Researchers of the Department of Ethology at Eötvös Loránd University, Hungary, discovered striking similarities and differences in how dog and human brains process visual information about others. The study was published in The Journal of Neuroscience on the 5th of October, 2020.
Faces are central to visual communication in humans, who possess a dedicated neural network for face processing. Although dogs also pay attention to faces, excel at eye contact and at reading facial emotion, they also rely on additional bodily signals to communicate. Are dog brains specialized for face processing like human brains?
To explore similarities and differences in dog and human brain response to visual information about others, researchers tested twenty dogs and thirty humans in the same functional magnetic resonance imaging (fMRI) experiment. Dogs and humans viewed short movies of dog and human faces and, for comparison, of dog and human back-of-the-heads. Notably, this research is the first directly comparative, noninvasive visual neuroimaging study of a non-primate and a primate species.
The study was implemented as a multisite effort: researchers teamed up from two of the world’s very few laboratories capable of scanning the brains of awake, unrestrained dogs (Department of Ethology, Faculty of Sciences, Eötvös Loránd University, Budapest, Hungary and Institute of Neurobiology, National Autonomous University of México, Querétaro, Mexico), to collect brain response data from more dogs than was done in most dog fMRI studies to date.
Regarding similarities, the study identified brain areas in both dogs and humans that differentially responded to videos depending on whether it was showing an individual from their own species. “Earlier, our research group already showed a similar correspondence between dog and human brains for voice processing. We now see that species-sensitivity is an important organizing principle in the mammalian brain for processing social stimuli, in both the auditory and the visual modality,” explains Attila Andics, senior author of the study.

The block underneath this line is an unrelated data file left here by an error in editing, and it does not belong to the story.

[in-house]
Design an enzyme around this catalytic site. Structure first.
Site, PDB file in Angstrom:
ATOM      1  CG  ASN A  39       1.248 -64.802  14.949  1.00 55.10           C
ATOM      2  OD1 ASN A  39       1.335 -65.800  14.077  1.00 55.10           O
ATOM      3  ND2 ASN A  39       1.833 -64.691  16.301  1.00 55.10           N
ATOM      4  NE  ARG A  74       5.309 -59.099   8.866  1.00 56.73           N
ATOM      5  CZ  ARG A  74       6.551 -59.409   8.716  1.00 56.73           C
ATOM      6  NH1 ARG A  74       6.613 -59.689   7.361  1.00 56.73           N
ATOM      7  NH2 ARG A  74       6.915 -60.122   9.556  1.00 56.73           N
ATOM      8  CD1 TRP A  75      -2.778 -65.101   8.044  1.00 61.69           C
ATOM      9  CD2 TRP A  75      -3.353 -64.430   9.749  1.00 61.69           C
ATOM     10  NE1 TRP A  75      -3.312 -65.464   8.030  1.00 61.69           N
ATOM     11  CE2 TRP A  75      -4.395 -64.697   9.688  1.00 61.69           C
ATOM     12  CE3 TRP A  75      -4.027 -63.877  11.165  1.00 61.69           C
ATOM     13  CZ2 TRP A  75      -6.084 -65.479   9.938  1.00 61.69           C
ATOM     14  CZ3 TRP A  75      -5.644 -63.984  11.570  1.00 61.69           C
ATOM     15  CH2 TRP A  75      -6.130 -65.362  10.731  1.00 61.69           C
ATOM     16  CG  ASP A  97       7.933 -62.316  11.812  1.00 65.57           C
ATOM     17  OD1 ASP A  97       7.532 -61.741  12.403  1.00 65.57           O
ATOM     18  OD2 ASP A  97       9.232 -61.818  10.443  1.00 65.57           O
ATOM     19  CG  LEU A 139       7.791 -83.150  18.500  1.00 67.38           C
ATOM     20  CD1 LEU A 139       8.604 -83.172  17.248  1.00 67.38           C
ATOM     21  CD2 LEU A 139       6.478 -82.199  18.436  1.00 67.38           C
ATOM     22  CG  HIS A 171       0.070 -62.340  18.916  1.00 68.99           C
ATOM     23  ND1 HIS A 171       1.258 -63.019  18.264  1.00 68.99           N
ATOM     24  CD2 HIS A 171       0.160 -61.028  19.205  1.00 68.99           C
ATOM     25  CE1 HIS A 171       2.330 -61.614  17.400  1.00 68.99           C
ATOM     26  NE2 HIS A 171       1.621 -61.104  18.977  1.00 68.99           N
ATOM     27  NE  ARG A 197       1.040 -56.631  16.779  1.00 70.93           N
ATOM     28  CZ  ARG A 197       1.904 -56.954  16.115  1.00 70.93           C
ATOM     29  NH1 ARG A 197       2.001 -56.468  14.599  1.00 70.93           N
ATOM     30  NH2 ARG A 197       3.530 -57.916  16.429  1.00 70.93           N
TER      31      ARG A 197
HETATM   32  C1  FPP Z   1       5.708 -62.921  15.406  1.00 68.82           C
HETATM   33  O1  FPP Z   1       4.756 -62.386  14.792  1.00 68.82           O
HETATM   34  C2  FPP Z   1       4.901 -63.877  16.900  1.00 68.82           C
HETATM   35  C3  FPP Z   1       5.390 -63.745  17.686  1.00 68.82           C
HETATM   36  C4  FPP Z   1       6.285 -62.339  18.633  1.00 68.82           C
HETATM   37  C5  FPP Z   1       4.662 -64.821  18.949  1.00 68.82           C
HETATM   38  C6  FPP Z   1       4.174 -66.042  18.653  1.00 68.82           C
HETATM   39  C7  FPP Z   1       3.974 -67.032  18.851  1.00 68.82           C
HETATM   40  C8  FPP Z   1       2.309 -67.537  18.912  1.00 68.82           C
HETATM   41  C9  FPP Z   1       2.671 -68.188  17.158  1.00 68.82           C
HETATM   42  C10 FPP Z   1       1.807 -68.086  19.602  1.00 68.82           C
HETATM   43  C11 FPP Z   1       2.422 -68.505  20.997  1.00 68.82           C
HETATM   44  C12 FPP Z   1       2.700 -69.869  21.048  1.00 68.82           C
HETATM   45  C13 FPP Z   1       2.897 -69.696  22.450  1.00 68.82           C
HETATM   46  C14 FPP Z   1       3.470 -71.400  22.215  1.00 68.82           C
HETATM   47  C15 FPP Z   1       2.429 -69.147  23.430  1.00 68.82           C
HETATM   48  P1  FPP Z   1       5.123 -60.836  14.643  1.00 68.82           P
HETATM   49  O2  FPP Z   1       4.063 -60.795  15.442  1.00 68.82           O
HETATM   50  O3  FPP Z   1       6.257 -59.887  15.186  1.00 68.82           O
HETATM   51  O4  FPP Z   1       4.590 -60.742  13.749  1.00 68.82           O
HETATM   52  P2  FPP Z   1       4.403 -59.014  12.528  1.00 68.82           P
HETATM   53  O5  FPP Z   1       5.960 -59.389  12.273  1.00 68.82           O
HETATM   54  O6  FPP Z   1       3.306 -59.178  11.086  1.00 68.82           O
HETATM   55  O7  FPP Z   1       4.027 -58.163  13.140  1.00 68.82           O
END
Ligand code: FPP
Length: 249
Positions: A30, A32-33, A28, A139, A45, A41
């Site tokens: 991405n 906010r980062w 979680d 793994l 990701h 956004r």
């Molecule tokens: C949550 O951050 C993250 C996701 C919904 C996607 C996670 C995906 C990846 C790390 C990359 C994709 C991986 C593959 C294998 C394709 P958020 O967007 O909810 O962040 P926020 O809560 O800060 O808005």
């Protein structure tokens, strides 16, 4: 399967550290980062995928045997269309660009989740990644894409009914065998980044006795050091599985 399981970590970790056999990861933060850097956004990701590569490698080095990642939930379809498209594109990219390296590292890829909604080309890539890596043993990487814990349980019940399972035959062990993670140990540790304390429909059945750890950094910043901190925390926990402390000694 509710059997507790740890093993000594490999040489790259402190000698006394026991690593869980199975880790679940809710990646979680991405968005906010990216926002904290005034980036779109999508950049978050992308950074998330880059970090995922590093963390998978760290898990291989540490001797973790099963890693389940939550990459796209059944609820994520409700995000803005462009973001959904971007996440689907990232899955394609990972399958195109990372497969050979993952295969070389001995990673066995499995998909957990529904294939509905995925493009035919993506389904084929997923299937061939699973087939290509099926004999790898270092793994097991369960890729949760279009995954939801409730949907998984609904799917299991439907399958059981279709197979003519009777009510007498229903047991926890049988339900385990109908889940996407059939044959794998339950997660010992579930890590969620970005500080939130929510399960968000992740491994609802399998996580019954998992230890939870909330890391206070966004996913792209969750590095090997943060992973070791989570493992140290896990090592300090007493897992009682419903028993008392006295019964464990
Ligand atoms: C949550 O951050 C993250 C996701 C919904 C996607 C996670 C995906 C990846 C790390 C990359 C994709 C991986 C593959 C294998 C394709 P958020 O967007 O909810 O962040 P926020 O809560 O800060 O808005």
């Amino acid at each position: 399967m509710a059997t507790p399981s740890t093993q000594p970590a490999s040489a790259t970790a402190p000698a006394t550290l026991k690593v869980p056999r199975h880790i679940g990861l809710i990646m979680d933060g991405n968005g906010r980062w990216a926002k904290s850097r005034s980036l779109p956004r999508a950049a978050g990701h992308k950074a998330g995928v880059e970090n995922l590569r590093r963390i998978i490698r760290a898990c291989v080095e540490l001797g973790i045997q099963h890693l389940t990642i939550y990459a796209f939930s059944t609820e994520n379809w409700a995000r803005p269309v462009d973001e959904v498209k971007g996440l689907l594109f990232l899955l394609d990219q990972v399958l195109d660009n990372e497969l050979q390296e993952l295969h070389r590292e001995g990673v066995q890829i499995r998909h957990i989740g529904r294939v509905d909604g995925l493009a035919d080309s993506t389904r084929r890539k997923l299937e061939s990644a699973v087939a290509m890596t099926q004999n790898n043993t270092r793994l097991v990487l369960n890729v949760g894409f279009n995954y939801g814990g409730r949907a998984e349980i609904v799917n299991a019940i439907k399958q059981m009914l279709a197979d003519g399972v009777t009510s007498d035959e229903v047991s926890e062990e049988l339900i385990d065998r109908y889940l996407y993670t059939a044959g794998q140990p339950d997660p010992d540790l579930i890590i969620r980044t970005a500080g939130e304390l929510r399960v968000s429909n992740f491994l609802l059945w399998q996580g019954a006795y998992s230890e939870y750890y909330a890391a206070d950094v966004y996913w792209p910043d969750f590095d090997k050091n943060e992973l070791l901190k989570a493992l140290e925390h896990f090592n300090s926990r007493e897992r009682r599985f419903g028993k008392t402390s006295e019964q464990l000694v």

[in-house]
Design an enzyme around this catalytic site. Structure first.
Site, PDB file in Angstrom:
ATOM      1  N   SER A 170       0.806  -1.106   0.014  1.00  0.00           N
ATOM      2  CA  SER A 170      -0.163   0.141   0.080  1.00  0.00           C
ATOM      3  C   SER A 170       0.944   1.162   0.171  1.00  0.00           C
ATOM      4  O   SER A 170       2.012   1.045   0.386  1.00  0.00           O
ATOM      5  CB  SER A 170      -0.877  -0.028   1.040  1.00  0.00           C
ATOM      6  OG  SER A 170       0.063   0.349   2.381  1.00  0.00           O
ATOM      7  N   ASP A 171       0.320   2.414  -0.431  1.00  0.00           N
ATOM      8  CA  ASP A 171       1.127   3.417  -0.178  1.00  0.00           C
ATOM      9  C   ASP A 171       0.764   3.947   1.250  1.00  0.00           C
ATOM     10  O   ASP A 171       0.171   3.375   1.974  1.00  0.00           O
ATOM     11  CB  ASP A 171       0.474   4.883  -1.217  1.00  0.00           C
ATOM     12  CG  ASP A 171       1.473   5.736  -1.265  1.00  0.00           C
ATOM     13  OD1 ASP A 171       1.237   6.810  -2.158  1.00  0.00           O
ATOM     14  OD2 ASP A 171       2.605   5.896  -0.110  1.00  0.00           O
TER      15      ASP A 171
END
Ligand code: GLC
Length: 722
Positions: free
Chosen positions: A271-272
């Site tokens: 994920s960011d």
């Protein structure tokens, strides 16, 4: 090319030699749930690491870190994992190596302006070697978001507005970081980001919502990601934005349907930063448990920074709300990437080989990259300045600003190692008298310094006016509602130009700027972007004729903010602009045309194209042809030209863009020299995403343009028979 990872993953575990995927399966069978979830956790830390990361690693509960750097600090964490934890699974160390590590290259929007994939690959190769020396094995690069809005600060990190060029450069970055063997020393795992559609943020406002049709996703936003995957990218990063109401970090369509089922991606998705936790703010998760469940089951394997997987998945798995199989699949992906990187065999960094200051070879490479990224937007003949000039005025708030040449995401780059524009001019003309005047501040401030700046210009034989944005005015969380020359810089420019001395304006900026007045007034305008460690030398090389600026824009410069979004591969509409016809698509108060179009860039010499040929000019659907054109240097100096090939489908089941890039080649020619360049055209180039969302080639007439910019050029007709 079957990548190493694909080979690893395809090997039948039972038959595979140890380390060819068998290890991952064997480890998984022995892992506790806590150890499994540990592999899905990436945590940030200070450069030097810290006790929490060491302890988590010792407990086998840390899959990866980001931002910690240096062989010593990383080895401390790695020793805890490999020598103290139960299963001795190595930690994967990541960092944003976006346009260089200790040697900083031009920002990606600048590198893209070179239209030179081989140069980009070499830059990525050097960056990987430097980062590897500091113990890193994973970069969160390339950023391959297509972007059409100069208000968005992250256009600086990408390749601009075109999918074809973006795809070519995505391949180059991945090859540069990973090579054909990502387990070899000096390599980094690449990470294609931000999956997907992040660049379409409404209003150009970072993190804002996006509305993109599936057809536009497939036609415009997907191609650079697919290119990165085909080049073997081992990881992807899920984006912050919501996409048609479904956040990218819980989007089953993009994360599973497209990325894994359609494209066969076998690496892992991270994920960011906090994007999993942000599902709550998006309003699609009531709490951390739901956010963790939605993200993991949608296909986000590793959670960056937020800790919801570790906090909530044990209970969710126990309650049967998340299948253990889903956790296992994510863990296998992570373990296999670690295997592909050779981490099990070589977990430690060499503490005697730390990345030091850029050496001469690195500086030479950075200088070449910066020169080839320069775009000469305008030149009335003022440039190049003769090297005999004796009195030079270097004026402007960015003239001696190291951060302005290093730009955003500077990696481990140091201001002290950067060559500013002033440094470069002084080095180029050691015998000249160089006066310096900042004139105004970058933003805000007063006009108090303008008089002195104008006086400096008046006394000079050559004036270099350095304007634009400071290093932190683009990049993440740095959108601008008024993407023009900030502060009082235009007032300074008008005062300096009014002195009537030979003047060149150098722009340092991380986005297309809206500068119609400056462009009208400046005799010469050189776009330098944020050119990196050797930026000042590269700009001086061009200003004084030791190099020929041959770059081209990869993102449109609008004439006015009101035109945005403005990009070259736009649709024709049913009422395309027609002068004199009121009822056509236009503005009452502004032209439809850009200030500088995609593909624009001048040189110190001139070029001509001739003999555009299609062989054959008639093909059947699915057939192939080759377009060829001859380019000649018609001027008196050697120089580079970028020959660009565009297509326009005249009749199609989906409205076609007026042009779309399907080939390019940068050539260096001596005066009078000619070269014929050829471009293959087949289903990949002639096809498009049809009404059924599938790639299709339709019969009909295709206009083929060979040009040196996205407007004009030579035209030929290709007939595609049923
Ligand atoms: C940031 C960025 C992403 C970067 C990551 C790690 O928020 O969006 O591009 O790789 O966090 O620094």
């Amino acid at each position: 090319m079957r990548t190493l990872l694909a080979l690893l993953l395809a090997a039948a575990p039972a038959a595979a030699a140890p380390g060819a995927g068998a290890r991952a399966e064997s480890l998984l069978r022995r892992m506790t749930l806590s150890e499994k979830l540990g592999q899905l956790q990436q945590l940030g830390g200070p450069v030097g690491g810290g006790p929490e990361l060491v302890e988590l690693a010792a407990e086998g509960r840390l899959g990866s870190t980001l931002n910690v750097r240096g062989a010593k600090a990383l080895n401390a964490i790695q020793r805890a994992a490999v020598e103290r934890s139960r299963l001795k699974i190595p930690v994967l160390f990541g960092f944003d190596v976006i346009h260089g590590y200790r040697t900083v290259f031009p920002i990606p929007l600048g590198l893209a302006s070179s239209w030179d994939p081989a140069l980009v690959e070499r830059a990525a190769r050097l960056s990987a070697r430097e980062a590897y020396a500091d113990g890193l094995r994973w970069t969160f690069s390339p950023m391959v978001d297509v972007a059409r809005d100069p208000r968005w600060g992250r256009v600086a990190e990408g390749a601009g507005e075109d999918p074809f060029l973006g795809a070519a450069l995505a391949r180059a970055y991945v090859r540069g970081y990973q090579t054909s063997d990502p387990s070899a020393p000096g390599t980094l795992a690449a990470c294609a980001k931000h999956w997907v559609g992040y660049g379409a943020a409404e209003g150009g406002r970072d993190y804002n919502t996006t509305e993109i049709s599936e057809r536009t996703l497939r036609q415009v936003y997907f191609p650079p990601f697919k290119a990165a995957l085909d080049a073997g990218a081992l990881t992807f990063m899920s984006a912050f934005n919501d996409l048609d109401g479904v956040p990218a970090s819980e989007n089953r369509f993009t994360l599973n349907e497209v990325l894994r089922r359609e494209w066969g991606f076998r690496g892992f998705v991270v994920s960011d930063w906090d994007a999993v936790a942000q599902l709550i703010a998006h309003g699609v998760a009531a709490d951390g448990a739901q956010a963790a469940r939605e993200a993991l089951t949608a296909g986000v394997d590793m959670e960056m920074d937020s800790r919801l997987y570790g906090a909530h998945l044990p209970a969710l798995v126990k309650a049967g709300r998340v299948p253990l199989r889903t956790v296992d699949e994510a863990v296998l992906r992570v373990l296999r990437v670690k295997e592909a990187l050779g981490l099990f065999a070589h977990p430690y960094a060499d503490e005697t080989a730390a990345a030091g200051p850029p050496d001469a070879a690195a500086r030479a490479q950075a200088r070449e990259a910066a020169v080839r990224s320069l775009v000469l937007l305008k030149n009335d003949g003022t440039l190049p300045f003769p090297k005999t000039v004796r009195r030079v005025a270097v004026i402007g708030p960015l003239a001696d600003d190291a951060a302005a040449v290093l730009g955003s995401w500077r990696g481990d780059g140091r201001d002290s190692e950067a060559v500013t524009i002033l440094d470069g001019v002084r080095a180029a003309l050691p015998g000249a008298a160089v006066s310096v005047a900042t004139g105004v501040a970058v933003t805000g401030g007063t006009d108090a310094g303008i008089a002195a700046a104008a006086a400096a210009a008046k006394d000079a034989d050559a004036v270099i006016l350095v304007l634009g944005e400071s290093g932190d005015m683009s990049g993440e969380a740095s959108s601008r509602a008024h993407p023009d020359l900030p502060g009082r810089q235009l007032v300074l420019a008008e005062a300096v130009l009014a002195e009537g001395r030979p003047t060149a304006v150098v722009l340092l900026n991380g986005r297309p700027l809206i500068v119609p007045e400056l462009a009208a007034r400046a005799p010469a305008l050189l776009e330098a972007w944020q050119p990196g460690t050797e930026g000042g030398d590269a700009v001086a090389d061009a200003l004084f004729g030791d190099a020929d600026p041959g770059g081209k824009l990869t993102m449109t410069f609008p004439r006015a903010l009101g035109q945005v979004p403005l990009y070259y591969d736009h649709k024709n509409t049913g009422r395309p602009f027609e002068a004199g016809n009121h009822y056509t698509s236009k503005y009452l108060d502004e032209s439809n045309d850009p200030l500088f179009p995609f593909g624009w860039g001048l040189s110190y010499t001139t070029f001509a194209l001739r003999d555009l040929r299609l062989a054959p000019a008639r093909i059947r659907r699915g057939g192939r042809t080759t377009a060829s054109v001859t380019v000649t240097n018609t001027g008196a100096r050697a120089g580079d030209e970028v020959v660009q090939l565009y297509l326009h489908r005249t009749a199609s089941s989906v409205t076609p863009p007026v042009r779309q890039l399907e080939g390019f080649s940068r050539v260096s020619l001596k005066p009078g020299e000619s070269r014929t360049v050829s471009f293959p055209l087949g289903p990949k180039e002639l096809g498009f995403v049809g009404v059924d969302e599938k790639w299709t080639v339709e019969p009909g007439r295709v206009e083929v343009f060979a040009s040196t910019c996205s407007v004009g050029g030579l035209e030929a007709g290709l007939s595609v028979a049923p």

Regarding differences, the study found no brain areas in dogs that encode whether the viewed image is a face or a back-of-the-head—whereas in humans this is a crucial distinction. “A preference analysis of the brain response patterns confirmed that in dogs, conspecific-preference is primary over face-preference and in humans, face-preference is primary over conspecific-preference. This is an essential difference. It demonstrates that there can be substantial dissimilarities in cortical specialization for face perception across mammals. Actually, these findings also shed new light on previous dog fMRI studies claiming to have found ‘face areas’: we now think that the stronger activity to dog faces in those studies indicated dog-preferring rather than face-preferring brain areas, notes Nóra Bunford, co-first author of the study and coordinator of the data collection in Hungary.
Researchers also identified dog and human brain regions that showed a similar activity pattern in response to the videos. “This so-called representational similarity analysis can directly compare brain activity patterns across species. Interestingly, similarities between dog and human activity patterns were stronger for what we named functional matching (comparing activity for dog face in the dog brain to activity for human face in the human brain), than for physical matching (comparing activity for dog face in the dog brain to activity for dog face in the human brain). This shows that here we may have tapped into high-level categorical processing of social information rather than low-level visual processing, in dogs as well as in humans,” explains Raúl Hernández-Pérez, the other first author of the study and coordinator of the data collection in Mexico.
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